your trials Give my love to our dear children. At Mesilla, the party disbanded, most of them taking the stage for San Antonio, and, on by land, to New Orleans. Ridley says: There was a stage from Mesilla to San Antonio, and some of our pSan Antonio, and some of our party availed themselves of it at once. The general, after nearly two weeks unavoidable delay, proceeded by the same conveyance, from El Paso. He did this very reluctantly, and would have remained with us, until the last of the party could start for San Antonio, but for our urging upon him the necessity of getting to Richmond as fast as possible. In his entire forgetfulness of self, lie was ever ready to sacrifice himself and his own interests and desires for others. Among the little incforded us a most comfortable night's lodging. The journey from Los Angeles to Mesilla was 800 miles, and thence to San Antonio, the frontier city of Texas, 700 more. It was made under the burning glare of a July sun, through wastes of shifting
United States (United States) (search for this): chapter 19
, as, being advised of their taking the route to Thorn, our troops could have reached there first. During the early part of the night Captain Moore received a dispatch from Fort Craig, notifying him of his danger. They immediately destroyed their cannon, burned their train, all but eight wagons, mounted their infantry upon the mules, and marched or rather took to flight on the route to Fort Craig, 120 miles above this, I judge, a forlorn-looking band. Thus 250 infantry and dragoons-United States soldiers-saved themselves from the terrible Texans by an ignominious flight. It is due to the Texans to say that they accorded to the prisoners taken in their recent engagement the most honorable terms, and treated them with the greatest consideration, which was acknowledged by their officers in a handsome letter to the commander. Our party arrived all well and animals in good condition, and the best of feeling prevailing. To-morrow we will resume our journey. Great events are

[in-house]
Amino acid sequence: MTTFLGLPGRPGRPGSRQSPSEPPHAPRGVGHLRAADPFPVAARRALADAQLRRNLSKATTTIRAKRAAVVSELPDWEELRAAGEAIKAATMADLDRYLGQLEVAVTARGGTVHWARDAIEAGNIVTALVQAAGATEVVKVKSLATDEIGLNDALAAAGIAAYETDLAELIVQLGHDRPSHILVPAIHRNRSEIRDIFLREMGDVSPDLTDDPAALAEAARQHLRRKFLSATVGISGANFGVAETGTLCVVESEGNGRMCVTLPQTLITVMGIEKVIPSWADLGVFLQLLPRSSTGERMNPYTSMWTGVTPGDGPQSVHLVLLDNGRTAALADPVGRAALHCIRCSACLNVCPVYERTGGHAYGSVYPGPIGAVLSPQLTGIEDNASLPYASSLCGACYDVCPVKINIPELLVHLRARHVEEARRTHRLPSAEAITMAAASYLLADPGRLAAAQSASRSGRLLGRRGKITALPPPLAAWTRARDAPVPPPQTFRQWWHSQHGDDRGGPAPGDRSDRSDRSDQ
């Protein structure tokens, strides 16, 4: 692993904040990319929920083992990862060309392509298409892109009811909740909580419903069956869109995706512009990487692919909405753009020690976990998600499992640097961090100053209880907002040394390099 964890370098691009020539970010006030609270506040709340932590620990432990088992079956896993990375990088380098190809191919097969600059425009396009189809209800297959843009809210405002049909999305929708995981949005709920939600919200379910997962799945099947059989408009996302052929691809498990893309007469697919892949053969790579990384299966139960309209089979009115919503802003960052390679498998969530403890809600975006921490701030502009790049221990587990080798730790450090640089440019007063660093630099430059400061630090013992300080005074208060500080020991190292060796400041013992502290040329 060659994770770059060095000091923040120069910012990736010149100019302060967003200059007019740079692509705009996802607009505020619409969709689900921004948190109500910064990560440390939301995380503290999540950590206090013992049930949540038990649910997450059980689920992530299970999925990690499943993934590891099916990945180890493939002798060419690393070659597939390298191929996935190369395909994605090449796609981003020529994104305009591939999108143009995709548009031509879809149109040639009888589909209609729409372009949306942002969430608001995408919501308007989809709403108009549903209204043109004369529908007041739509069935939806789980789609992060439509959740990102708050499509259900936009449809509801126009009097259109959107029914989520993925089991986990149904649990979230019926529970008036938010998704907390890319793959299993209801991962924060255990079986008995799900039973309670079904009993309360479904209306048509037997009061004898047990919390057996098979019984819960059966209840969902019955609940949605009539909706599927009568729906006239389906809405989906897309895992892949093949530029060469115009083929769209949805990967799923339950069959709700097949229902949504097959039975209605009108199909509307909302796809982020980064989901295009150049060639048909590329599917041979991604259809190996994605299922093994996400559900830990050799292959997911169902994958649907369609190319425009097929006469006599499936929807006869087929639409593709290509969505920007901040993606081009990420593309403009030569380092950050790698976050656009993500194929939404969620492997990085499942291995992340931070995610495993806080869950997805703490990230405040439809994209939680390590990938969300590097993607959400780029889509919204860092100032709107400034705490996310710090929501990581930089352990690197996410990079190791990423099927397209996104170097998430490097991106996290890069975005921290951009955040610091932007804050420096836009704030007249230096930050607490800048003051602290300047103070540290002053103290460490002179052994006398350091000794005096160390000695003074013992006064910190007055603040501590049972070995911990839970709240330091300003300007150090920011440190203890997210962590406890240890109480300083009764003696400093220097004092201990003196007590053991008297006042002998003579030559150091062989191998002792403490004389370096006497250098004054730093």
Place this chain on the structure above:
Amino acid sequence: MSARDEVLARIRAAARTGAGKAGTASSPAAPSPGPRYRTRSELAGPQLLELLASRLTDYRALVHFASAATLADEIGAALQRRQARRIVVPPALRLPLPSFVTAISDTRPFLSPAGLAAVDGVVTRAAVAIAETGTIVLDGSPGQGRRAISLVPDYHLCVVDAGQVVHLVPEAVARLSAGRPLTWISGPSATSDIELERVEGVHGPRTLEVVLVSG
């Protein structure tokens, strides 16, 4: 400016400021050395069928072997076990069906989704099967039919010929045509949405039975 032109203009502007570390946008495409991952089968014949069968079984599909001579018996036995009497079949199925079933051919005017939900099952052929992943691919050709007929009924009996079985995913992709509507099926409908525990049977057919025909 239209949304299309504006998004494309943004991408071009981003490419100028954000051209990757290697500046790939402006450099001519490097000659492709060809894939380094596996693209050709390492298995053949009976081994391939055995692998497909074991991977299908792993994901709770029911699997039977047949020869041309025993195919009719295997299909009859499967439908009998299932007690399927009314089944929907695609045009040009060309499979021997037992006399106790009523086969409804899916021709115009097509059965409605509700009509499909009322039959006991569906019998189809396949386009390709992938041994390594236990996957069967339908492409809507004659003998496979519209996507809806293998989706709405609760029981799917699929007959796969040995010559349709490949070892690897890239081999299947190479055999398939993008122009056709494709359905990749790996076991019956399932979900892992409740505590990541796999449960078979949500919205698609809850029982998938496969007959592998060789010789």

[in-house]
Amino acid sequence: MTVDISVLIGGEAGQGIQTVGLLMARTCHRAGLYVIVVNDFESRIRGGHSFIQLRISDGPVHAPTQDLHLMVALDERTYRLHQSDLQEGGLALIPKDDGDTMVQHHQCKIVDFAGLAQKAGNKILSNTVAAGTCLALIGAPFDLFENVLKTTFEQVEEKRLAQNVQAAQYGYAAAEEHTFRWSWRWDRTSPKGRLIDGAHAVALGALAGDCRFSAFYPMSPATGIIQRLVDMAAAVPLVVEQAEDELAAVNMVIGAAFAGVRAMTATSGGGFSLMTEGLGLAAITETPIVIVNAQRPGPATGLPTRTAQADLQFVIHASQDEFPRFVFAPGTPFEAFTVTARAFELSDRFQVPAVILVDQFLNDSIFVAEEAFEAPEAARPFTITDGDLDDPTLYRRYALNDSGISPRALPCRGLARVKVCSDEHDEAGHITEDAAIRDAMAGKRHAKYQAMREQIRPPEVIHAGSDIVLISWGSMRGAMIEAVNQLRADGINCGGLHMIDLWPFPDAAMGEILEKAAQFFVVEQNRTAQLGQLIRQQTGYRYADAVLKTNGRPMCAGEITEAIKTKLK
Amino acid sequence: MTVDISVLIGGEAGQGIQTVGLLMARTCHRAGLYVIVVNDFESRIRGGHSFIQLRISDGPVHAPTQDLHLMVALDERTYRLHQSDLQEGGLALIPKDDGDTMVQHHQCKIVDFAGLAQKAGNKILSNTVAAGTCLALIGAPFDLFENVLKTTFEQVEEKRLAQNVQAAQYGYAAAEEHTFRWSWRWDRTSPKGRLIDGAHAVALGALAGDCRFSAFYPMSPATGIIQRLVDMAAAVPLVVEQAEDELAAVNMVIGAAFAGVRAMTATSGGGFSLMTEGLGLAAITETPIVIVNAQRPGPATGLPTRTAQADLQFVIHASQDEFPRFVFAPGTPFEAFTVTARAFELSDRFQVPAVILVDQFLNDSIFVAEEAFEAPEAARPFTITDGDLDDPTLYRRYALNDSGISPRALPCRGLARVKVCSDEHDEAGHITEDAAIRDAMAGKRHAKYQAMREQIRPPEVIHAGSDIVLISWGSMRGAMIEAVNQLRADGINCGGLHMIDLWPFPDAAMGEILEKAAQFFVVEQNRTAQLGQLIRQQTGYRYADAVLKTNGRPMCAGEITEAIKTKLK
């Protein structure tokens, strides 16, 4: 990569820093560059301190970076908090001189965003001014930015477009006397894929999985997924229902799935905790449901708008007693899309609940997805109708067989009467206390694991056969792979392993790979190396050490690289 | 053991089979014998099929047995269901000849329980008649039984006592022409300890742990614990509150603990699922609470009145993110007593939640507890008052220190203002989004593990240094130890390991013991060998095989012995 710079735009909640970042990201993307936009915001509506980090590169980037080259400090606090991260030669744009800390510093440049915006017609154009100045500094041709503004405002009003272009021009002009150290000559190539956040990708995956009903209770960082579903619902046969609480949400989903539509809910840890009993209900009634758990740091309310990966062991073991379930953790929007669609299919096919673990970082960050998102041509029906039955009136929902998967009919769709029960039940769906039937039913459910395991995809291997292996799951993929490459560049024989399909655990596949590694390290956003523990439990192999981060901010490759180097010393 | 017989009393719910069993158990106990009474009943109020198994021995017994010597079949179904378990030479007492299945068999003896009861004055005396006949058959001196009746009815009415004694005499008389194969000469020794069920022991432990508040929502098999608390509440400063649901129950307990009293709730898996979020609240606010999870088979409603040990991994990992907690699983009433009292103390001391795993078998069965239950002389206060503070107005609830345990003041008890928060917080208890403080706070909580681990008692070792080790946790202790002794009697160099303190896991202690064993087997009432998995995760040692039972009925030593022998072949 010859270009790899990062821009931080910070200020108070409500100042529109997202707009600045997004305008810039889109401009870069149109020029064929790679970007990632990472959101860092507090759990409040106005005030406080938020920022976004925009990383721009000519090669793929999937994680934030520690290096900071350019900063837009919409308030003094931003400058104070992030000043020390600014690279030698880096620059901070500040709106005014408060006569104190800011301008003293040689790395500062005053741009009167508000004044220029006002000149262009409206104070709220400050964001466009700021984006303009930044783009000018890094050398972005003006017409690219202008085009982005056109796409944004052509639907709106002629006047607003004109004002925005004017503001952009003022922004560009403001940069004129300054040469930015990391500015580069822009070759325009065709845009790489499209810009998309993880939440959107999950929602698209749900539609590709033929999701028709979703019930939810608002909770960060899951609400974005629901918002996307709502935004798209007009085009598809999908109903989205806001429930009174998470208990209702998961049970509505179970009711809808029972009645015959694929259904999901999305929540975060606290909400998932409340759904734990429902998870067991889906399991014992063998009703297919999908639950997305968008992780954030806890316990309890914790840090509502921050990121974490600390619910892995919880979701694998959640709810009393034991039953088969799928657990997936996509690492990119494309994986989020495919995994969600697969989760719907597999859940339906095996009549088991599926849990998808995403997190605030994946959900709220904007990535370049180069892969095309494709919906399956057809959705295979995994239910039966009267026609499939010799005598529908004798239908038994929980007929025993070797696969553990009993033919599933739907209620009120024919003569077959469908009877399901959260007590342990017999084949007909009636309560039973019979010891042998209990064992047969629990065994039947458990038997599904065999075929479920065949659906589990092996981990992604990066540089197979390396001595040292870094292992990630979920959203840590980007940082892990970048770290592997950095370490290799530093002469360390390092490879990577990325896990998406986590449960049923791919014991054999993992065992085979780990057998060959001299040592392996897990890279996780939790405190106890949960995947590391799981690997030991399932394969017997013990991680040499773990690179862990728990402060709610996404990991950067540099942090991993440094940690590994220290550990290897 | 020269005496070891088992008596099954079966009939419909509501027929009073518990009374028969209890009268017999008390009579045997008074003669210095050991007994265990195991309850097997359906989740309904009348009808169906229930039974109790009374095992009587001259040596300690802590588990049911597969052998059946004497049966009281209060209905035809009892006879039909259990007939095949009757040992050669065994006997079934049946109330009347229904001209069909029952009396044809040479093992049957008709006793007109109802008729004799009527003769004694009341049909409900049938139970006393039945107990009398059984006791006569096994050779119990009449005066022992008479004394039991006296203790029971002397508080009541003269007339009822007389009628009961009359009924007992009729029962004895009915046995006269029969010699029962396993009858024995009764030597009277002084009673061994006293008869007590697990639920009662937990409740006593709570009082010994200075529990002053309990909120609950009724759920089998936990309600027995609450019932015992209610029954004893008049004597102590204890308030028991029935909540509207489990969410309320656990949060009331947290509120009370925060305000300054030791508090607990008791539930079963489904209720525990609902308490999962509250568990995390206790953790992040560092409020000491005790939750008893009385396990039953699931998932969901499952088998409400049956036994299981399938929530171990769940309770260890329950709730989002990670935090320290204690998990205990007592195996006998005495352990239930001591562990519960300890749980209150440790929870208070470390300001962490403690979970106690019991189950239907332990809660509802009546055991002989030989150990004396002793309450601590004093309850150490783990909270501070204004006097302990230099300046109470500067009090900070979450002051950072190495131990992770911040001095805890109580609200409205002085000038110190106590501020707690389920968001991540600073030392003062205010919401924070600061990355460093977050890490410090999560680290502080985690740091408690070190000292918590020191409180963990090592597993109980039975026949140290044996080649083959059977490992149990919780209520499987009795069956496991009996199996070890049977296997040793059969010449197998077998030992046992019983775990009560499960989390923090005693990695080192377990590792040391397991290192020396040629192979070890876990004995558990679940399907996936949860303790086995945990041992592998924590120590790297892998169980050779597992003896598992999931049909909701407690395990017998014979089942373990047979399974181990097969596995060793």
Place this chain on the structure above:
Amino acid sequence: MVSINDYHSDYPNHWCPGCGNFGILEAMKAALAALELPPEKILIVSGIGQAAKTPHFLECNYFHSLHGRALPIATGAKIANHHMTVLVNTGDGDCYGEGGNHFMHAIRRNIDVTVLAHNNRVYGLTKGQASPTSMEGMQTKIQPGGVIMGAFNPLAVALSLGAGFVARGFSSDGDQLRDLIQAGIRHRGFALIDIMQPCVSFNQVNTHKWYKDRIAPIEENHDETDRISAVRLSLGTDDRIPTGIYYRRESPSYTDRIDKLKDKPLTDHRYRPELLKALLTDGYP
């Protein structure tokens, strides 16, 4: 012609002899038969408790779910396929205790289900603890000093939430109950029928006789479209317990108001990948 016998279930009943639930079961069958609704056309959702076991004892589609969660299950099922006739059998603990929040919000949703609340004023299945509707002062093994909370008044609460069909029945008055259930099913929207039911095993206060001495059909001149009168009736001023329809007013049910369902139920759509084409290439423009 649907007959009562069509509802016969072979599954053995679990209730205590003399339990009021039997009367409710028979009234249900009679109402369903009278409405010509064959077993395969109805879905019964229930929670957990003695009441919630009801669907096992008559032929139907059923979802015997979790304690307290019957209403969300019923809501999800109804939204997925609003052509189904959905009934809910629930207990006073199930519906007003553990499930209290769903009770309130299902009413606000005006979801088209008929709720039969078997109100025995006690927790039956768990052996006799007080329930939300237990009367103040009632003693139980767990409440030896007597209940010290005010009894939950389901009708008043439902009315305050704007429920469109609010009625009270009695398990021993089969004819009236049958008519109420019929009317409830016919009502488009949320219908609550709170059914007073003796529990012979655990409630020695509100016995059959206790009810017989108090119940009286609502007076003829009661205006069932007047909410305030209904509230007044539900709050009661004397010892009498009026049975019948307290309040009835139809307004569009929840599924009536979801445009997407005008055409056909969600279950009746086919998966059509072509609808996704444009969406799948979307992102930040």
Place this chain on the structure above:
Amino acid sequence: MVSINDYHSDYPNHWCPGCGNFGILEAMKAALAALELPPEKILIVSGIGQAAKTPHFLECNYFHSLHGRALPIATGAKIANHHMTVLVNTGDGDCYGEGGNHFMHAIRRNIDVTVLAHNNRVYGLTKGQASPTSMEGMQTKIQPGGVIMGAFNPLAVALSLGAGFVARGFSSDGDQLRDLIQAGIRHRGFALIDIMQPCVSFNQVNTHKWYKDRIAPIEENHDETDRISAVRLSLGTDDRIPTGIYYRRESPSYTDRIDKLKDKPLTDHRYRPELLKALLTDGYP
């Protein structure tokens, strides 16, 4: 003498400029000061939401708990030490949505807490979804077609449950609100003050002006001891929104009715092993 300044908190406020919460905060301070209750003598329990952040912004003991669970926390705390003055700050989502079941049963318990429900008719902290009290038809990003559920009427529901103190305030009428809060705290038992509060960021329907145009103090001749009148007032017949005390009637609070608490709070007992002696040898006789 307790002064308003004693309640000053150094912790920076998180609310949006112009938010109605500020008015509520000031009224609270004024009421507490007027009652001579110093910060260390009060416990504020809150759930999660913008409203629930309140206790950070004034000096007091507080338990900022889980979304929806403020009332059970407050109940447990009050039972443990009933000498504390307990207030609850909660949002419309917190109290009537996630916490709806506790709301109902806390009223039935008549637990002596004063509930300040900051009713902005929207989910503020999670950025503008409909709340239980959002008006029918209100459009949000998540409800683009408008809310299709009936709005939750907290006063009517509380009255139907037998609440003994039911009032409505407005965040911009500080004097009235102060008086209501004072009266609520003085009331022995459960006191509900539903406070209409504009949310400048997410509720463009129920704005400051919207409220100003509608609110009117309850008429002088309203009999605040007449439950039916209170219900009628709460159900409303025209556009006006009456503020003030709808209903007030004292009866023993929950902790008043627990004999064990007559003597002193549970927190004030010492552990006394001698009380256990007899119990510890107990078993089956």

Vallecito (New Mexico, United States) (search for this): chapter 19
enerals, but I knew I had one, and that was Sidney Johnston. Itinerary. 1861. June 16.Left Los Angeles — to Rancho Chino, thirty-five miles. June 22.Arrived at Warner's Ranch. One hundred miles from Los Angeles. June 27.Left Warner's. To Vallecito. June 30.Left Vallecito. Sunday night. Eighteen miles to Carrizo Wells. Comet seen. July 1.Left Carrizo, 3 P. M. Thirty-seven miles to Indian Wells. July 2.Indian Wells at noon. Twenty-eight miles to Alamo Springs. July 3.Alamo Springs atVallecito. Sunday night. Eighteen miles to Carrizo Wells. Comet seen. July 1.Left Carrizo, 3 P. M. Thirty-seven miles to Indian Wells. July 2.Indian Wells at noon. Twenty-eight miles to Alamo Springs. July 3.Alamo Springs at 8 A. M. Thirty miles to Cook's Wells. July 4.Cook's to Yeager's Ferry. (Fort Yuma.) July 7.Yuma, up the Gila, and thence two hundred and seventy miles to Tucson. July 18.Arrived at Tucson. July 22.Left Tucson, 8 A. M. Thirty miles. July 23.Forty miles to a dry camp. July 24.Fifteen miles to Dragoon Springs, thence fifty miles to Apache Pass. July 25. July 26. July 27.From Apache Pass. One hundred and sixty-five miles to the Rio Grande at Picacho, near Mesilla. July 28.To Mesill
Richmond (Virginia, United States) (search for this): chapter 19